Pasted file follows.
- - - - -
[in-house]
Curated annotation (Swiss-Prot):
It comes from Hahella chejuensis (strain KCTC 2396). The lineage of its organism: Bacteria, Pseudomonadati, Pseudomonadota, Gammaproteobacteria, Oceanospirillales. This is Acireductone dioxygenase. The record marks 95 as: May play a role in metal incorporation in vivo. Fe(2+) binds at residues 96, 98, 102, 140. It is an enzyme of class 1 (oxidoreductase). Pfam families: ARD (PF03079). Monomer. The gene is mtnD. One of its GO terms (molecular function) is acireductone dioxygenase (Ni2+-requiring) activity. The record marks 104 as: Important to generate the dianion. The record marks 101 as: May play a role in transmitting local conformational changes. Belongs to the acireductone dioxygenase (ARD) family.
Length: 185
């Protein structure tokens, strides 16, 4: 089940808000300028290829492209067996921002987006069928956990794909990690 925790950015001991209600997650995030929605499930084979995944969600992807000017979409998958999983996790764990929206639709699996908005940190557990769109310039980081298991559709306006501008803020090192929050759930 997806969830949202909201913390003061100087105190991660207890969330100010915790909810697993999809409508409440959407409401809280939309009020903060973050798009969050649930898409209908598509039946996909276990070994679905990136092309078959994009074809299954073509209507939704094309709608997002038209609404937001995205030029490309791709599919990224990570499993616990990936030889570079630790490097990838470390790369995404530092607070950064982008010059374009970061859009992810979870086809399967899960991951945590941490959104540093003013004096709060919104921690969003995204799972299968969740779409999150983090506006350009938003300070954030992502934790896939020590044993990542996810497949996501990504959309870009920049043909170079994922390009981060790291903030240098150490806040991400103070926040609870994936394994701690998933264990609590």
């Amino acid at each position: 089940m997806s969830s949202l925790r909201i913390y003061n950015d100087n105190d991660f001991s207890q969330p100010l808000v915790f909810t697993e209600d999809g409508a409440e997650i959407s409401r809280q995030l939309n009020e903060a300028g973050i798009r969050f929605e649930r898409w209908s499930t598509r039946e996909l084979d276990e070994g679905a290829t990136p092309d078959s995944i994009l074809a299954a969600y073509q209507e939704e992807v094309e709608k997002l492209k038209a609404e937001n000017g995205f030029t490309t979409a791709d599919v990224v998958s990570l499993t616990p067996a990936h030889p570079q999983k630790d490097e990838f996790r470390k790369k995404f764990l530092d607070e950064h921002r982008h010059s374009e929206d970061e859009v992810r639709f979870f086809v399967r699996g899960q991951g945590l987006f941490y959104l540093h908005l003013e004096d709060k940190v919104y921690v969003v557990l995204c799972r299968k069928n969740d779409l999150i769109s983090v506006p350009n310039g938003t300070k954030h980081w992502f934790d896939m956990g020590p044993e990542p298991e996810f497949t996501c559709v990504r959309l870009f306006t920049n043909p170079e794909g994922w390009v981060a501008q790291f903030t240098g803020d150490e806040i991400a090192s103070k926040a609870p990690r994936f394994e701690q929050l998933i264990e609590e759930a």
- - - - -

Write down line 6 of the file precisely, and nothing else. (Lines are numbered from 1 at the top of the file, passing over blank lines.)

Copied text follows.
């Amino acid at each position: 089940m997806s969830s949202l925790r909201i913390y003061n950015d100087n105190d991660f001991s207890q969330p100010l808000v915790f909810t697993e209600d999809g409508a409440e997650i959407s409401r809280q995030l939309n009020e903060a300028g973050i798009r969050f929605e649930r898409w209908s499930t598509r039946e996909l084979d276990e070994g679905a290829t990136p092309d078959s995944i994009l074809a299954a969600y073509q209507e939704e992807v094309e709608k997002l492209k038209a609404e937001n000017g995205f030029t490309t979409a791709d599919v990224v998958s990570l499993t616990p067996a990936h030889p570079q999983k630790d490097e990838f996790r470390k790369k995404f764990l530092d607070e950064h921002r982008h010059s374009e929206d970061e859009v992810r639709f979870f086809v399967r699996g899960q991951g945590l987006f941490y959104l540093h908005l003013e004096d709060k940190v919104y921690v969003v557990l995204c799972r299968k069928n969740d779409l999150i769109s983090v506006p350009n310039g938003t300070k954030h980081w992502f934790d896939m956990g020590p044993e990542p298991e996810f497949t996501c559709v990504r959309l870009f306006t920049n043909p170079e794909g994922w390009v981060a501008q790291f903030t240098g803020d150490e806040i991400a090192s103070k926040a609870p990690r994936f394994e701690q929050l998933i264990e609590e759930a």